After CNN's investigation aired on Sunday, thousands of protesters hit the streets of Khartoum. They want military rule there to end.

Here is part of what CNN's Nima Elbagir exposed.


NIMA ELBAGIR, CNN CHIEF INTERNATIONAL INVESTIGATIVE CORRESPONDENT (voice-over): Further, his tentacles stretch right across Africa. We've discovered some of its most notorious operatives are working on Sudan.

Yevgeny Prigozhin, the head of Wagner. Mikhail Potepkin Brecostions (ph) head of Sudan Ops. And Alexander Sergeevich Kuznetsov, Wagner's key enforcer, previously convicted of kidnap and robbery, working with this man, Sudanese General Mohamed Hamdan Dagalo, AKA, Hemeti, in a quid pro quo for training and weaponry.

We traveled 200 miles north from the capitol, Khartoum, to gold country to take a closer look at Wagner's main moneymaker, artisanal gold.

Miners bring rocks they extract here to be processed. And 85 percent of Sudan's gold is produced artisanally.

(on camera): This right here, it may not look like much. This is what's left after the rocks that the miners have brought in is milled.


Now, they've taken what they can out of it, but this gets sold. And when it's properly processed with someone who has superior technology, you can make 10 times what those miners over there are making.


BLACKWELL: Fantastic reporting from Nima Elbagir. She's with us now from London.

So we're seeing the reaction on the streets. We know that there's search for military officials. What are you hearing?

ELBAGIR: Just this sense of outrage, Victor, continues to permeate and continues to motivate many of those shocked by the numbers that were exposed in our reporting.

We've been speaking to many of those involved with that anti- corruption investigation on the ground.

And one source told us that he believes that what is motivating military authorities right now is fear. That's why they're falling back on the old strong-arm tactics that they used to such devastating effect in the past.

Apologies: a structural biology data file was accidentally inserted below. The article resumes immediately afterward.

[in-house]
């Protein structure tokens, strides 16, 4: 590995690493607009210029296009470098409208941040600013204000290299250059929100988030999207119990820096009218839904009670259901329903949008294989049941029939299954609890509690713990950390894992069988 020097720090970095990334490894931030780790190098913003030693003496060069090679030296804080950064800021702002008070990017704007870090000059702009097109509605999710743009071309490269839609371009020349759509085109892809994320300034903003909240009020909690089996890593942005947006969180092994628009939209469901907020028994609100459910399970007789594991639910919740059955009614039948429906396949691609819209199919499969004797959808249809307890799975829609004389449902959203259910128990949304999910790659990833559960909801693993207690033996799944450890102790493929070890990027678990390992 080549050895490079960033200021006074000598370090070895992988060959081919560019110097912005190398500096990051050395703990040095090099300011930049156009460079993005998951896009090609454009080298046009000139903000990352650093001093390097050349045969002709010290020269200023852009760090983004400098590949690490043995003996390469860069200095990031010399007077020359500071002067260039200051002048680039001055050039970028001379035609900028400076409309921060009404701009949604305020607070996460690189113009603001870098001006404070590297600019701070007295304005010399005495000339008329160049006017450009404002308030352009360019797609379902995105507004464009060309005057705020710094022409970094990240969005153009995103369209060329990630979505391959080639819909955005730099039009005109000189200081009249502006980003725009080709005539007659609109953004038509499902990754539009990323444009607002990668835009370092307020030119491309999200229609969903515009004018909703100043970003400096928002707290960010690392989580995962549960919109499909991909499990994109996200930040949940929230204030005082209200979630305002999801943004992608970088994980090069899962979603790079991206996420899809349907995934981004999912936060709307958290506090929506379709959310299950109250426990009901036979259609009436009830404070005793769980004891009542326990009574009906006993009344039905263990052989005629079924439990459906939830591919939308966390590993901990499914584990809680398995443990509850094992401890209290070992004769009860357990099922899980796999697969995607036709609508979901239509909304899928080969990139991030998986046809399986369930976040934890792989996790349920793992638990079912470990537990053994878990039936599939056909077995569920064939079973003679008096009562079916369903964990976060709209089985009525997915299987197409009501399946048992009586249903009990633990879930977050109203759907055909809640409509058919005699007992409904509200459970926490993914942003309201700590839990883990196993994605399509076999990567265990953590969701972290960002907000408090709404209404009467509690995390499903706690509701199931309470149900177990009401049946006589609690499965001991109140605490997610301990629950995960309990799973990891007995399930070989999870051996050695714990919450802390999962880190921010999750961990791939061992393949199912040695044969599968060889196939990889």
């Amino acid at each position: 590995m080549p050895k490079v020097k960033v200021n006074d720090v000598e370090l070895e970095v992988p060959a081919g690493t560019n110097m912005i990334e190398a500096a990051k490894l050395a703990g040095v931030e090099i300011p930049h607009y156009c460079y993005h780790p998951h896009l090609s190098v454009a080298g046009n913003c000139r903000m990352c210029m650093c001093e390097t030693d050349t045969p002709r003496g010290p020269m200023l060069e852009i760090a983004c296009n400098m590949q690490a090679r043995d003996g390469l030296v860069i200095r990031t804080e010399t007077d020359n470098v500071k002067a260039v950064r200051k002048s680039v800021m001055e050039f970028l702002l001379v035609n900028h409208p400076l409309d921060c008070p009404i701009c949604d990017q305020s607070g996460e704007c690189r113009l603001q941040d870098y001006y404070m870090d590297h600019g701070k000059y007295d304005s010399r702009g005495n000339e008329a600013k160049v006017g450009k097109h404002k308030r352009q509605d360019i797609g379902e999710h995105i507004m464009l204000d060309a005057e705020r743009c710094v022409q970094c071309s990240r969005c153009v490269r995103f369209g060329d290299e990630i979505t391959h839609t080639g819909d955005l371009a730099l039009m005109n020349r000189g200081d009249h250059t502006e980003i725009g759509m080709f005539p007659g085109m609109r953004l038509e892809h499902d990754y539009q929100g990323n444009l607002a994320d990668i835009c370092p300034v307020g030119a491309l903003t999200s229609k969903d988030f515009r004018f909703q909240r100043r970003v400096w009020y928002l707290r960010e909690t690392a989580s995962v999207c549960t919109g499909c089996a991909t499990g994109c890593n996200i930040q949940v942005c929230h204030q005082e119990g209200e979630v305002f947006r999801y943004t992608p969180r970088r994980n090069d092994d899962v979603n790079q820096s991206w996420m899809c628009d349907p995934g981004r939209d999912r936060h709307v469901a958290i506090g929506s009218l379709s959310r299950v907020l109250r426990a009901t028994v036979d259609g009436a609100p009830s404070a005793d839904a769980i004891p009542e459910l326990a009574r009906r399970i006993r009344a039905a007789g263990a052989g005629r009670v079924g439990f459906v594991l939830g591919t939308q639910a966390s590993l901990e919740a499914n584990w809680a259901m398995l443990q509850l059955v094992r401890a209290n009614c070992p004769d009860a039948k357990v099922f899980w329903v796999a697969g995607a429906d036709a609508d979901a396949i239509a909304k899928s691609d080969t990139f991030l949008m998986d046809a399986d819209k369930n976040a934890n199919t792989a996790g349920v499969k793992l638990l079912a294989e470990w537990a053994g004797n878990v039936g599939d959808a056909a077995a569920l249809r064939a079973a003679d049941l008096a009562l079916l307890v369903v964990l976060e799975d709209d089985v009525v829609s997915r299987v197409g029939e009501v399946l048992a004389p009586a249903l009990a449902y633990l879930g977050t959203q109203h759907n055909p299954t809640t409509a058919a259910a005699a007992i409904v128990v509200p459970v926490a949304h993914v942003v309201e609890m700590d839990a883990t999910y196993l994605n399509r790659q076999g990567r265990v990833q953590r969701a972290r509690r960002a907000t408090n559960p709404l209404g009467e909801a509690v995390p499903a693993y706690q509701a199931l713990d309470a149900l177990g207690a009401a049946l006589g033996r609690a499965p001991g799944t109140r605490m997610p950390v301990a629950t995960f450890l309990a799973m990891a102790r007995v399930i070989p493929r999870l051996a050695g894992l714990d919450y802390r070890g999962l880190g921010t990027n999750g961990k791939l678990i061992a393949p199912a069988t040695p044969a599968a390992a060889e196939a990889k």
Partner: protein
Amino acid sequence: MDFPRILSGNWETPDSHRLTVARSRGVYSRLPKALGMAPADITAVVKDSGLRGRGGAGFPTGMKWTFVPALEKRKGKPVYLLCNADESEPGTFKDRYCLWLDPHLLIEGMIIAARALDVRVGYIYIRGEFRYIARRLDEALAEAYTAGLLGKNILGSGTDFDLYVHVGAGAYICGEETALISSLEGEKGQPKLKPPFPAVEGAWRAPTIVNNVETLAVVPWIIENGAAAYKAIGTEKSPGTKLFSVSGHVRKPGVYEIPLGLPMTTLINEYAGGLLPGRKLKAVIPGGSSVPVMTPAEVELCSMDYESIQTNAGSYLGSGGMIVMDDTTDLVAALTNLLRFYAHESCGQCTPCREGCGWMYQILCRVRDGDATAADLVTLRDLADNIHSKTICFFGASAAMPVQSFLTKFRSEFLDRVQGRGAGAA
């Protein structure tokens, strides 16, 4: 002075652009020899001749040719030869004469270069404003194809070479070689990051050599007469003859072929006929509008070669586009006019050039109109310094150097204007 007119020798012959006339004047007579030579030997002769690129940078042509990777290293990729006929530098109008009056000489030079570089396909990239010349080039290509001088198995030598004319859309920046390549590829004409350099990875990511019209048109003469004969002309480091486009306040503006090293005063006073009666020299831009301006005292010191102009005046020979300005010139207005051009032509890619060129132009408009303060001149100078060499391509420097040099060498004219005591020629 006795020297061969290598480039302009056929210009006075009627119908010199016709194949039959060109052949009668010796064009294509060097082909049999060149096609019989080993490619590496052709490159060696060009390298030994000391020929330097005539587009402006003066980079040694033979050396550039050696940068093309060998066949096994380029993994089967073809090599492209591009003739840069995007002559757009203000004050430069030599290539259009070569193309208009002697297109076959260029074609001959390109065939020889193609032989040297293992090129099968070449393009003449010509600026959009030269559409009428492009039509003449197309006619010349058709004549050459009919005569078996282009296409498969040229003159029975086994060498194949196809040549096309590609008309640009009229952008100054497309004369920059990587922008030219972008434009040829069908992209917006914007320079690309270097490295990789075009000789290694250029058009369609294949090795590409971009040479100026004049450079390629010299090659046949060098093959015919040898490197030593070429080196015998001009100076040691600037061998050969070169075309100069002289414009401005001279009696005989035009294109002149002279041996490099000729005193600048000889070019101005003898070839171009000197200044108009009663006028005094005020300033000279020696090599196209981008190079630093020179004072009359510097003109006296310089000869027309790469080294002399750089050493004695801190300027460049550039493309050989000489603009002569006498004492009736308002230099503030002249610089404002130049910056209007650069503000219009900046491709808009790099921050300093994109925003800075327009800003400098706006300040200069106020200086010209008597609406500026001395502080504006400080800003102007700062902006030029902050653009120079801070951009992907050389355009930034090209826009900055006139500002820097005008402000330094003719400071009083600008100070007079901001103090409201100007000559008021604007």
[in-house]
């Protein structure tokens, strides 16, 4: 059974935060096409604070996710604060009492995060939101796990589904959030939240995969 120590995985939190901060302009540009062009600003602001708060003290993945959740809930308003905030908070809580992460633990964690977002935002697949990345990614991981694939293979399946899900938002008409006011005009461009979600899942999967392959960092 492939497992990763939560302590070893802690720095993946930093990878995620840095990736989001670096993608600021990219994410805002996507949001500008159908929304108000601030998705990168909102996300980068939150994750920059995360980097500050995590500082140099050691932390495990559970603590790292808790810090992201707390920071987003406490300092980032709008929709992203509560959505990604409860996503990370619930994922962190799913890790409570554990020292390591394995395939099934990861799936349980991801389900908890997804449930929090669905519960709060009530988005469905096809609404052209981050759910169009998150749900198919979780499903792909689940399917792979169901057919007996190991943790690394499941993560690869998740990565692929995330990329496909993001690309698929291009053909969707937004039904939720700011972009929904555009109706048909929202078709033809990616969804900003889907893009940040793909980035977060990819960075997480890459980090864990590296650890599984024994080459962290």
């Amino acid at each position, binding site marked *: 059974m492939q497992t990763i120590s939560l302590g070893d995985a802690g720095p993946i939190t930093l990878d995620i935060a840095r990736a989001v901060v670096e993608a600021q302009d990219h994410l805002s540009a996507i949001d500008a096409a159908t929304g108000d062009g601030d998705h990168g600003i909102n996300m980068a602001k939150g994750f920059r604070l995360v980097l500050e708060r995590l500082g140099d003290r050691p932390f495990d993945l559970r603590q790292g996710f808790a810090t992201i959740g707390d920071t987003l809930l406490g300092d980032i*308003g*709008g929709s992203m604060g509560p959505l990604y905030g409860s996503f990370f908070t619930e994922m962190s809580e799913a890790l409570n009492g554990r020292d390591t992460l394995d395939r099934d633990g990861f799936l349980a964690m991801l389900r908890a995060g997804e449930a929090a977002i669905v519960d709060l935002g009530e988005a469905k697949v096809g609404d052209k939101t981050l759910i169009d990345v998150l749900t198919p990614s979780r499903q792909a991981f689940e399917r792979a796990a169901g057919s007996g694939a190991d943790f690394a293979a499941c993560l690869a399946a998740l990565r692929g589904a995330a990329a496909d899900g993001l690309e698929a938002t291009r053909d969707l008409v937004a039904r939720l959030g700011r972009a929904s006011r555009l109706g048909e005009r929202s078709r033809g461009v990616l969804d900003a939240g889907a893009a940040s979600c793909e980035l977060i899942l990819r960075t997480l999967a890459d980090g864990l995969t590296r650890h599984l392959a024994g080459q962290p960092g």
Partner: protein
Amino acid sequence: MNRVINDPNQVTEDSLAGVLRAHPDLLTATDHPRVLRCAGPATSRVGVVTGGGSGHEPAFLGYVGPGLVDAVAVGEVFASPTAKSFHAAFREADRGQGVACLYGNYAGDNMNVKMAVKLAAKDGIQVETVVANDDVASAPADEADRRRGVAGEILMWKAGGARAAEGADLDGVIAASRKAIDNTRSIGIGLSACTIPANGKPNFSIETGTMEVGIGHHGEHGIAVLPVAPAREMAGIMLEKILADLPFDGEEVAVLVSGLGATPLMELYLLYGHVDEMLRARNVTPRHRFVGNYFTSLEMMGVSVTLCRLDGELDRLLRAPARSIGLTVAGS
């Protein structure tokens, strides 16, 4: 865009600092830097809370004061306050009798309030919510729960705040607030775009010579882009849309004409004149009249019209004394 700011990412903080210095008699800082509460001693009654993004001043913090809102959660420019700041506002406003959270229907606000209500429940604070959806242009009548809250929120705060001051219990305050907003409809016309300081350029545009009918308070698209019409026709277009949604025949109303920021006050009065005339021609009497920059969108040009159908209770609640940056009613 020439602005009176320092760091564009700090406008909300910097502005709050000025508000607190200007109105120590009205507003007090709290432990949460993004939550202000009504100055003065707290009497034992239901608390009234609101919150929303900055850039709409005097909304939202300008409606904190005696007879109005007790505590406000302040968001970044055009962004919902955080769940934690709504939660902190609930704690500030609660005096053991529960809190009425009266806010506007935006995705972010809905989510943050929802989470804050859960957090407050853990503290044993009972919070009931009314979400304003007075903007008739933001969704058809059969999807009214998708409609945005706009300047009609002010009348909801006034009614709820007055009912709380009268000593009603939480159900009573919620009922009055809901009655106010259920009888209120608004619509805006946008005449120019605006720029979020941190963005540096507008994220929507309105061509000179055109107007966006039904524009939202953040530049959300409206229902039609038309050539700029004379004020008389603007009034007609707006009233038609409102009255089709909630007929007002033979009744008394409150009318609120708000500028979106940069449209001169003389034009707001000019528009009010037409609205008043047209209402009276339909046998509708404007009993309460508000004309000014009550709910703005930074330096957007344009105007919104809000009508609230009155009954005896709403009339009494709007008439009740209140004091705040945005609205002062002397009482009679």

His hope, this source, this source's hope is that this time it won't work. Given the level of impoverishment in Sudan, to see those numbers, it brought to mind such starkness when compared with what the average Sudanese is suffering through, Victor.

BLACKWELL: Retired Admiral John Kirby was on CNN this morning. He says this is proof that sanctions are biting, that they're working. Are they impactful?

ELBAGIR: I think it's definitely one way to look at it. What we know is that Russia has been preparing for sanctions for years now since the annexation of Crimea.

They first came into Sudan in 2017. They spread out into the African continent.

So it's well and good for Rear Admiral Kirby to say this means what we're doing is working, but what are they doing to stop the sanctions evasion?

Because what we proved in our investigation is that the sanctions evasion is also working. It is funneling billions of dollars towards that Russian war effort in Ukraine.

And it's resulting in a spilling of blood not just in the battle fields of Ukraine but also in the streets of Sudan.

And we haven't really heard from the U.S. government, from the administration any cohesive plan to try to bring a stop to that -- Victor?